Starter Tips for Novice Gardeners
Gardening is hardly an exact science. Even seasoned gardeners make errors, so if you’re a neophyte, you need not be afraid. Below are pointers to help you begin on the right foot:
Be observant and take notes.
This is very simple but useful advice for any beginner: observe the space you plan to use – very closely. How small or large is it? How windy is it on a regular day, and which direction the wind go? Is it sunny or shady? Which specific areas are the sunniest and for how long? Which parts get the most shade and for how long? How are you planning to water the garden? Can you use rainwater? What are the soil’s and the other nutrients’ pH levels? How can you maximize the benefits offered by the space? What is a typical temperature range in your area?
Try to provide the most accurate answers to the questions above. The moment you’ve figured all these details out, your odds of being successful will automatically improve.
Bank on your soil.
Soil that is rich in nutrients is healthy, and healthy soil is the secret to a productive vegetable garden. The best way for plants to absorb nutrients and water is through raised bed gardening technique, where absorption happens from the depths of soil. This shape even allows you to maximize space and increase yields by up to four times.
Plan and design your garden with care.
Know the needs of your plant, and plant them as efficiently as you can. For instance, if you plan to put plants that writhe on the ground, put some nets, a trellis or grilles.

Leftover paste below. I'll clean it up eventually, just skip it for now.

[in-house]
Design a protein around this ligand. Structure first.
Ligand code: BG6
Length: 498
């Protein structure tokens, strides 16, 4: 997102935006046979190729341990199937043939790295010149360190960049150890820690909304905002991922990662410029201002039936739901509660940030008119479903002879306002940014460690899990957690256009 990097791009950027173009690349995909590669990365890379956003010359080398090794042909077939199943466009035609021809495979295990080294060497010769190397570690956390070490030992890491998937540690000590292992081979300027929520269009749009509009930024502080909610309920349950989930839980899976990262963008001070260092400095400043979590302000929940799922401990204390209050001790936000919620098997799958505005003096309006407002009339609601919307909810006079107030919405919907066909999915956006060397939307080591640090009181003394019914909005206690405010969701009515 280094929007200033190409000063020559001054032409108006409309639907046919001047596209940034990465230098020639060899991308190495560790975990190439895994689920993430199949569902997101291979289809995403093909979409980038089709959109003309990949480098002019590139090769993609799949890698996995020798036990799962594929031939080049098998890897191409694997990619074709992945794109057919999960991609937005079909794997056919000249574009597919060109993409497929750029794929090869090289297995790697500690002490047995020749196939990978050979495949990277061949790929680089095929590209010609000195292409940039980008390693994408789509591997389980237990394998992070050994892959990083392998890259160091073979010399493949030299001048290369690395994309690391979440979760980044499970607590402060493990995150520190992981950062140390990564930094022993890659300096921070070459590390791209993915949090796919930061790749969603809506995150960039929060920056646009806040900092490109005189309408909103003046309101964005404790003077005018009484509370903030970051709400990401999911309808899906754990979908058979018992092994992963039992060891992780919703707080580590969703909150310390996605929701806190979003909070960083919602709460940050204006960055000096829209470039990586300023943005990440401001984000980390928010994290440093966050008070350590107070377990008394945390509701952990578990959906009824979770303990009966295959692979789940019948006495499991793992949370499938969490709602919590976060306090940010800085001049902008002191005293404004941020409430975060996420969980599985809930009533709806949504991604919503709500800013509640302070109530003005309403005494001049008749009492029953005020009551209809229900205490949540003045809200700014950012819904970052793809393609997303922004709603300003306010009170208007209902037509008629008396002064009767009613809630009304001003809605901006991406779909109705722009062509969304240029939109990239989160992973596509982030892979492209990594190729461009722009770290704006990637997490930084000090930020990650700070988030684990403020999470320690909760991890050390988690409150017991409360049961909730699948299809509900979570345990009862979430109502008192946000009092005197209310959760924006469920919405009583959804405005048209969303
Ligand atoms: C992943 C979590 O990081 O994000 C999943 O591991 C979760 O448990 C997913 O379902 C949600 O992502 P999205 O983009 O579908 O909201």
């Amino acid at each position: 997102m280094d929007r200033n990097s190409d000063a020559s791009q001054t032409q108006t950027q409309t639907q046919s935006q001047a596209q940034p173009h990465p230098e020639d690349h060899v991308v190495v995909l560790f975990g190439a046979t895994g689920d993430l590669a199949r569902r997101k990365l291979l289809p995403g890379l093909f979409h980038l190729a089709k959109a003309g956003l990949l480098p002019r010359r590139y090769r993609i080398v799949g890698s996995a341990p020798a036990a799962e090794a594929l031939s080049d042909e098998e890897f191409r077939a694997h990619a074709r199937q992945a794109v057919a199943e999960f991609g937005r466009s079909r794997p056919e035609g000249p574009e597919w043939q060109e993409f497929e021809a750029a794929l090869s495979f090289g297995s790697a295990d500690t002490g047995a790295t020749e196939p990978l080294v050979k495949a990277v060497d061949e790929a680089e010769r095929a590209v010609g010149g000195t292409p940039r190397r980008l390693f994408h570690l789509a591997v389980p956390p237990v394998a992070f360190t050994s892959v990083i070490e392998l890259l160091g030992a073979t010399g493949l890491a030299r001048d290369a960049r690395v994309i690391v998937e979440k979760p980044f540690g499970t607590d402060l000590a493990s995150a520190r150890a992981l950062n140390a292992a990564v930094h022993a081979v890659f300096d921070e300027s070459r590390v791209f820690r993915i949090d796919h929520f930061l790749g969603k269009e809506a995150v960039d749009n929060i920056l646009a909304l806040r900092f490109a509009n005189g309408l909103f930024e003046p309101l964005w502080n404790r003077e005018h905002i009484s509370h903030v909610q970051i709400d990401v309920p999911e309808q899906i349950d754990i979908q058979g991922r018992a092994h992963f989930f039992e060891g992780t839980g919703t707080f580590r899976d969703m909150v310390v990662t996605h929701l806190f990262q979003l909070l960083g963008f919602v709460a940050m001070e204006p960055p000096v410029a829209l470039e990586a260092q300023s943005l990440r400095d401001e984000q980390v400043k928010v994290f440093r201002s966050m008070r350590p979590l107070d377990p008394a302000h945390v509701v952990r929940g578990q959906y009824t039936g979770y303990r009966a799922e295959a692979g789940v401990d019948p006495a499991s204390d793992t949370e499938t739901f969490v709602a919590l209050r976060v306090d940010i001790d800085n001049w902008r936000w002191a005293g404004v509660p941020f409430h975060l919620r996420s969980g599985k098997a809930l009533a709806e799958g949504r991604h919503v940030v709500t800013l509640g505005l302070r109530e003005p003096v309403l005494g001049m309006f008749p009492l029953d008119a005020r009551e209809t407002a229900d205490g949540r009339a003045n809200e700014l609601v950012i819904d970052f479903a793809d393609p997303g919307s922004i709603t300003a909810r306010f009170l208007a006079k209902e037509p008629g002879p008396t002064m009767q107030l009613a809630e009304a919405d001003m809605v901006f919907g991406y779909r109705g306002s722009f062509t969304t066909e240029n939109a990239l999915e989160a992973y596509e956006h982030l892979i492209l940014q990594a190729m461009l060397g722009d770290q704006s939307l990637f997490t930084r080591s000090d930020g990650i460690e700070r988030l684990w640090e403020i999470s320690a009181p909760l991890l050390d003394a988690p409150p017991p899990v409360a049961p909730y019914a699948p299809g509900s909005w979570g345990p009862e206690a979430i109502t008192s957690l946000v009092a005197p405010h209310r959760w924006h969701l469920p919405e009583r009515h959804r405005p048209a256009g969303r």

Start with local plants.
Locally grown plants are the best for newbies to start with, because growing them is a lot easier. Unlike exotic vegetables, which are very high maintenance, local vegetables are undemanding and will grow in nearly every soil type there is.
Water the right way.
Watering your plant the right way will give you more yield and at the same time prevent pest infestation and diseases. The most effective way of irrigating garden plants is by using drip lines and soaker hoses, which take the water right where it should be, and gives the roots enough time to absorb water.
Use pesticides with care.
Chemical pesticides are highly toxic even to beneficial insects and polinators, so avoid them completely. Instead, experiment with natural alternatives and see what works best. Examples of ingredients of natural pesticides are garlic, onion, neem and horticulture oils.
Most newbies think that the more fertilizers they apply, the better. This is farthest from the truth. Overfertilization actually kills a plant’s roots!Overfertilization can actually kill the roots of a plant. Have your soil tested to know which nutrients you should add and how much.